Minneapolis parks officials are seeking a dramatic overhaul of Mill Ruins Park downtown, looking to make it more useful and appealing for the growing number of visitors to the rehabilitated industrial area.

The Water Works proposal would feature a slanting fountain, a seeping wall fed by stormwater and a glimpse of the remains of the building that once controlled the area’s water power.

It would be the first major remake of the Mill Ruins area since West River Road Parkway opened in 1987, the Stone Arch Bridge opened to pedestrians in 1994, and the park opened in 2001.

Park officials want to untangle an area that often becomes a jumble in which bikers, walkers and motorists looking to park compete for right of way at the bridgehead.

“That end of the bridge is just begging for an activation and welcoming presence it doesn’t have now,” said John Anfinson, superintendent of the federal Mississippi National River and Recreation Area.

Park officials say the cost of the two-phase proposal could reach $23 million, money that likely would be sought from metro parks.

The $450,000 plan funded by the Minneapolis Parks Foundation would take at least five years to complete, said Liz Wielinski, president of the Minneapolis Park and Recreation Board. The Park Board will review the proposal Wednesday.

The plan seeks to untangle bicyclists, pedestrians and motorists by extending recreational paths coming off the bridge’s west end farther up the shore. They’d cross a water basin following the historic rail route once used by the Great Northern Railway. The area between the bridge and Portland Avenue has become a busy connection between two of the city’s higher-volume bike routes.

The plan would add attractions for visitors to St. Anthony Falls and the adjoining bridge, which features iconic views of the downtown Minneapolis skyline and is often used as a cutaway shot for televised NFL games.

Designers say the new proposal would not overshadow the existing amenities.

“I don’t think it detracts in any way from the power of the river and the falls,” said principal designer Kate Orff, from the New York City-based landscape architecture firm SCAPE.

The proposal comes as a community advisory committee is close to finishing a report on proposed renovations for a larger swath of central riverfront.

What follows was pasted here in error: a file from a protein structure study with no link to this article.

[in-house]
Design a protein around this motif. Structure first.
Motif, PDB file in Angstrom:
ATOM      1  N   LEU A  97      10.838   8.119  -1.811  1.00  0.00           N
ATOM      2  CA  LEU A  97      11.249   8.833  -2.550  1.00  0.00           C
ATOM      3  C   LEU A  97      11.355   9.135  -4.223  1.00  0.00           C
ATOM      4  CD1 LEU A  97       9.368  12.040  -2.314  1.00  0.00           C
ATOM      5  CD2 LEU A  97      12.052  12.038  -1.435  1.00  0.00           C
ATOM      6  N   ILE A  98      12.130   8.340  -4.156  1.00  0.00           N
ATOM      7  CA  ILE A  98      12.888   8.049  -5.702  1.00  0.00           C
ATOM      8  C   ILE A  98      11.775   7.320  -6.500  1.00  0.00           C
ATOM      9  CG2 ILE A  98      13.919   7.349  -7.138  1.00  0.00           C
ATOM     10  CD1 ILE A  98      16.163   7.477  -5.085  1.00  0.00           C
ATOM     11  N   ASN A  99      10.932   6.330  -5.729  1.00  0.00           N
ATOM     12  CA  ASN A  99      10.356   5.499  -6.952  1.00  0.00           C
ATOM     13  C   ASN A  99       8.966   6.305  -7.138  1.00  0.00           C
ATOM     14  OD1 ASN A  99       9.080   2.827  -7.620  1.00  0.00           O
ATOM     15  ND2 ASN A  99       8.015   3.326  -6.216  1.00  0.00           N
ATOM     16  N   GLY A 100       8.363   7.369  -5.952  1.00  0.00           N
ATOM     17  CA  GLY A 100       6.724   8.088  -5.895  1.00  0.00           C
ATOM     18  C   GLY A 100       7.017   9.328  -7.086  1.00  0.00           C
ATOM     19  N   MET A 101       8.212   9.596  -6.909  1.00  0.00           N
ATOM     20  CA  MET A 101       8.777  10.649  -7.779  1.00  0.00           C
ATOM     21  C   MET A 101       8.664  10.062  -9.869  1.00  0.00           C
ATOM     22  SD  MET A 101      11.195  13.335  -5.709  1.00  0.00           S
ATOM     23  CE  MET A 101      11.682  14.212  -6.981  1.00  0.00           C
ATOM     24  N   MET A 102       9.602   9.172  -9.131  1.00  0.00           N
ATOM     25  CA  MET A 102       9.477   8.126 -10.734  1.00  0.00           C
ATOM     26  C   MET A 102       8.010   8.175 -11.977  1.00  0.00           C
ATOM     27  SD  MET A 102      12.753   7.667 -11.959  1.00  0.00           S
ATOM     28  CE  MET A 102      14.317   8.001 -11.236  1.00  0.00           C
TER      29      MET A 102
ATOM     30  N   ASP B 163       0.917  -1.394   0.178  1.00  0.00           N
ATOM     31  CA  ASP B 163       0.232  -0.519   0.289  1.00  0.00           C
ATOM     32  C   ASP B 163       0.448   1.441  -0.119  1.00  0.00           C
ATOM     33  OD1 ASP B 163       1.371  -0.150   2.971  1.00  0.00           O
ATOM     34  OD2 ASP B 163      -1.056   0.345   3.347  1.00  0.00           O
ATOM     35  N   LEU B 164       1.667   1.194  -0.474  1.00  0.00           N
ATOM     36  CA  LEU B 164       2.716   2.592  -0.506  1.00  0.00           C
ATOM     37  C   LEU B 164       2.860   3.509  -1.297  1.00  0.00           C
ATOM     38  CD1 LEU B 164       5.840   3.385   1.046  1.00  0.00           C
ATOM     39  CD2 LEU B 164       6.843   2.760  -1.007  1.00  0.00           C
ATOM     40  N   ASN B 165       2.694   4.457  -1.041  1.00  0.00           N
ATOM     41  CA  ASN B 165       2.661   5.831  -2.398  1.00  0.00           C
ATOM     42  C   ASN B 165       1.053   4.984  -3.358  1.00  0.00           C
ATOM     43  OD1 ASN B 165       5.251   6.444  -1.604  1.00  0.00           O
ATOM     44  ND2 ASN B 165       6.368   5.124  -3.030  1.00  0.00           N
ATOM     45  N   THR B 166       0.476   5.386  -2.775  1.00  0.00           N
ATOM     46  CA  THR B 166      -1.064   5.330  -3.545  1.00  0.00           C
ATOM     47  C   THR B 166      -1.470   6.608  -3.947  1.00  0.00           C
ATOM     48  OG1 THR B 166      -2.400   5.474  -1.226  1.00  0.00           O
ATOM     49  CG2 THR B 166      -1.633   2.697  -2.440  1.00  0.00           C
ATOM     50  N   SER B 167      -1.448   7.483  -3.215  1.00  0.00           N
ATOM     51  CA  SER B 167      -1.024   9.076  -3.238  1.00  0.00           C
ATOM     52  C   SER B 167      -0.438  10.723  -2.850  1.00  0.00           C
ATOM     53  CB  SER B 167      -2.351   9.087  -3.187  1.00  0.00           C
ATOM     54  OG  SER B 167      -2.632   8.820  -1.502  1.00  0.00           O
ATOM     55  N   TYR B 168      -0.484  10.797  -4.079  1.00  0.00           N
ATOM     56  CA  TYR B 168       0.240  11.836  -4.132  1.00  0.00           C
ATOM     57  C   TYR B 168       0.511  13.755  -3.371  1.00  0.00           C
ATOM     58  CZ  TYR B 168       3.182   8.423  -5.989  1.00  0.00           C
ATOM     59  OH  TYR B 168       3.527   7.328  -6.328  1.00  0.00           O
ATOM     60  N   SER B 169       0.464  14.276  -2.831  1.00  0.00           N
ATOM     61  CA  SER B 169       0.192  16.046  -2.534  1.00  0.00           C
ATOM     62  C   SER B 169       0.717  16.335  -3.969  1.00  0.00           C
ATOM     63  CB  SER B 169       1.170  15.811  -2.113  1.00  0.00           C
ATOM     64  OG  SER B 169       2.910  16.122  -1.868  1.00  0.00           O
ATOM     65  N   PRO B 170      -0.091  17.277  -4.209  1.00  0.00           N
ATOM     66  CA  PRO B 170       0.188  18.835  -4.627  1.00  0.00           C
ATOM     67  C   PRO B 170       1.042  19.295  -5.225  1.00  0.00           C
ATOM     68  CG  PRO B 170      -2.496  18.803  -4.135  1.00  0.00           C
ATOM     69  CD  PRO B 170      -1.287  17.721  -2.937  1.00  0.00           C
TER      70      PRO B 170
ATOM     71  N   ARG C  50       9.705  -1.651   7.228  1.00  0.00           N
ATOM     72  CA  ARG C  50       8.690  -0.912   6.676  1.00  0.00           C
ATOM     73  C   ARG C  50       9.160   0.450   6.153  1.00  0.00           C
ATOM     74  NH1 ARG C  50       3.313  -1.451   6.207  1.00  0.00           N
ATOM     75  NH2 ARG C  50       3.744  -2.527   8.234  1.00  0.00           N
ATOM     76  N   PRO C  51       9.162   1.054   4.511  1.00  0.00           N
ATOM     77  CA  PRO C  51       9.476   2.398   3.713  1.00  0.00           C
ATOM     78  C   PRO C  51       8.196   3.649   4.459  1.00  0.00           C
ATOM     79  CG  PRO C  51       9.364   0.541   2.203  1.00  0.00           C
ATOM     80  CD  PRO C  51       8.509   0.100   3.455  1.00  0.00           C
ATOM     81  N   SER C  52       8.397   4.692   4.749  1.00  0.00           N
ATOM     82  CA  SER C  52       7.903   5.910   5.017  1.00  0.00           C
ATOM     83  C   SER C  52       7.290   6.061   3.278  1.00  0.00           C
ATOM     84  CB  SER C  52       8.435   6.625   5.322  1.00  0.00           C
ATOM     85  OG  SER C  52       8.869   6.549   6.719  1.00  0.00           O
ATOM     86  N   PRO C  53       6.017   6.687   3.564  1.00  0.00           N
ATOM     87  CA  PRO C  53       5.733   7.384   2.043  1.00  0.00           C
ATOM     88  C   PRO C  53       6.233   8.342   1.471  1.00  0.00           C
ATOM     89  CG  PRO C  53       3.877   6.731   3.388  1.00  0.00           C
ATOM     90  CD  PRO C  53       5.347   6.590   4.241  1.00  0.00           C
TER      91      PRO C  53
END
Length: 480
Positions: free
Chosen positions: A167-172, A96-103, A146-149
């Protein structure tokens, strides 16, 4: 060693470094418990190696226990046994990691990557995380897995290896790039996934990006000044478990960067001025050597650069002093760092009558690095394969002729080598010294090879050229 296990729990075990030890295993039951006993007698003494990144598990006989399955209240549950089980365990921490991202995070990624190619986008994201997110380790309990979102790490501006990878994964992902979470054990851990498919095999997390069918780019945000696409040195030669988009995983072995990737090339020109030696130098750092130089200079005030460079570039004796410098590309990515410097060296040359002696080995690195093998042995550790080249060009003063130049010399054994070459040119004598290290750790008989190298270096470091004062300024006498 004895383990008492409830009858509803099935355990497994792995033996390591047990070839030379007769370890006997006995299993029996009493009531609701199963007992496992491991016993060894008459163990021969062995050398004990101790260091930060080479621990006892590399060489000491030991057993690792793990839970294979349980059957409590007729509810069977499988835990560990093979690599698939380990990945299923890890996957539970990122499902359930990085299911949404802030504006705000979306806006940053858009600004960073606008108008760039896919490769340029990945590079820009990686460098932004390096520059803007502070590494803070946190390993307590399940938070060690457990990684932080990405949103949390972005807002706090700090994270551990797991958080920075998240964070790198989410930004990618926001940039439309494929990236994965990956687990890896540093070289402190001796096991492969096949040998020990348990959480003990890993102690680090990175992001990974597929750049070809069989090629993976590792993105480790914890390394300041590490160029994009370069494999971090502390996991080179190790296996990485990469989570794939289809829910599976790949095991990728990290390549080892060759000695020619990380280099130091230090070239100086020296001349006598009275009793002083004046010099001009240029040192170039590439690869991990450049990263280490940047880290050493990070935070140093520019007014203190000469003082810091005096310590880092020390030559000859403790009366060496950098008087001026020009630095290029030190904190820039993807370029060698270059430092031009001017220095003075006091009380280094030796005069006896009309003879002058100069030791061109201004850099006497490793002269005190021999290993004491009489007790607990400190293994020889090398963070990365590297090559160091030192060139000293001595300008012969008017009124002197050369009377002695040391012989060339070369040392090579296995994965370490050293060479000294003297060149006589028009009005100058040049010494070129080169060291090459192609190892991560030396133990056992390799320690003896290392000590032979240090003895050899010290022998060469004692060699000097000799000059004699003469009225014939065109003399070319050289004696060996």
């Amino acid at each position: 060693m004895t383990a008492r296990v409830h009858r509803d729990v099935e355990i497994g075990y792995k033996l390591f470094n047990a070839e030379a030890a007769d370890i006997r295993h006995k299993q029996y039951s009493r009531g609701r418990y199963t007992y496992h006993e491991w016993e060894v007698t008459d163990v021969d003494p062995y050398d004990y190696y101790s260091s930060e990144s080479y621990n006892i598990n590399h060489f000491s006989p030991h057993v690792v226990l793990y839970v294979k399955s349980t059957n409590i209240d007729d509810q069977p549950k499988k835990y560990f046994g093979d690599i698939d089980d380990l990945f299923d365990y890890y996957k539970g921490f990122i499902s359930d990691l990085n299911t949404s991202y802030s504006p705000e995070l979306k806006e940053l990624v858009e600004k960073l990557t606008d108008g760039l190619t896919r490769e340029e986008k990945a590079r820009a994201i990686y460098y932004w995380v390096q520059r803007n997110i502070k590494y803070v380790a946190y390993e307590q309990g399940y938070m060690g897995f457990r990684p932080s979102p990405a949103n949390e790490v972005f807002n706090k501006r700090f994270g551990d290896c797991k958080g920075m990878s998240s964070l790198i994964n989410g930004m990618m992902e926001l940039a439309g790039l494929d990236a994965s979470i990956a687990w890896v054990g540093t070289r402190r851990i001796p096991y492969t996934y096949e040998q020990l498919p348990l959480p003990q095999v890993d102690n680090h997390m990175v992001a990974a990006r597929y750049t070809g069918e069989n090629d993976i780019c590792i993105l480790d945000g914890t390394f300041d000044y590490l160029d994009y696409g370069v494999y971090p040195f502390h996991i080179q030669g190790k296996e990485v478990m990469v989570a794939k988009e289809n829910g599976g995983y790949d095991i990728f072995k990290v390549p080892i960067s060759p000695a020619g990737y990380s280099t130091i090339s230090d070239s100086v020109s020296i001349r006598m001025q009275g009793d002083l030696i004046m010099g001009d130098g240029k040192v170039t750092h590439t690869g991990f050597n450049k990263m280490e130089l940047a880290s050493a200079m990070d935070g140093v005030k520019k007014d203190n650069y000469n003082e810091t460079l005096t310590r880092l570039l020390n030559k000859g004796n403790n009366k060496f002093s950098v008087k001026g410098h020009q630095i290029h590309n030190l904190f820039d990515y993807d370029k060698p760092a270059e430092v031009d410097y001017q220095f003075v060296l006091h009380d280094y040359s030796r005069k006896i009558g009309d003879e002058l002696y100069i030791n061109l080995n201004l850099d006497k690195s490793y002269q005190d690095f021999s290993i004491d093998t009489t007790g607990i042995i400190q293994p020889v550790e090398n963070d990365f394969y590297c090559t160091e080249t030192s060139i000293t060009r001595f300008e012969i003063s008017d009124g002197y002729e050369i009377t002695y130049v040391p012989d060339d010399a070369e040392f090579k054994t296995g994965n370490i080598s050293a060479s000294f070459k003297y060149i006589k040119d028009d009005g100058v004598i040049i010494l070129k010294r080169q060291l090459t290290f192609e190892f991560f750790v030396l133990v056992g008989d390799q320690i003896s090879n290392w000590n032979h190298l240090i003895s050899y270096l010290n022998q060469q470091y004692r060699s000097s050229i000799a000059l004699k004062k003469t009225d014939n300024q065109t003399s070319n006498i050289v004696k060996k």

Said Ted Tucker, chair of that group: “It appears to align itself well with what we were talking about.”

The first phase would unfold between the parkway and S. 1st Street, adding a small amphitheater. The old Fuji-Ya restaurant would be demolished and the foundations of the Columbia Mill on which it rested converted to a series of open-air “rooms” visible from 1st Street. The rooms would allow space for a playground, bocce ball or even badminton. Planners also envision a visitor center accessible on 1st just off the Third Avenue Bridge.

The proposal moves the parkway closer to the river near 5th Avenue S. to allow more space for pedestrians. That’s where the wall would be added, featuring the slow migration of stormwater from a cistern through a wall of stacked stones.

“The idea is to make a living wall,” Orff said, with moss growing in warm weather and ice formations in the winter.

Across the parkway, where a mammoth canal once carried water that powered flour and other mills, the building that controlled that surge would be exposed to its upper arches. That would be visible from a new fountain that would send a sheet of water across stone surfaces in several stages. The area is intended to serve a broad range of ages, with youngsters frolicking in the water while others watch from new seating at the fountain.

Tucker’s group is scheduled to present its recommendations for the broader central riverfront to the Park Board in November. Proposed changes include developing improved recreational trails on the east side of Nicollet Island, creating more room to avoid bike and pedestrian conflicts at a pinch point along SE. Main Street, creating new trails on the East Bank, restoring water to each channel of the falls, creating performance space at Father Hennepin Bluffs, and linking recreational paths to East River Road.

The time frame for those changes depends on funding, but it has taken 42 years for the central riverfront to be converted from its mill and railroad past to the current parks and housing since the adoption of a landmark 1972 plan that charted that course.

 

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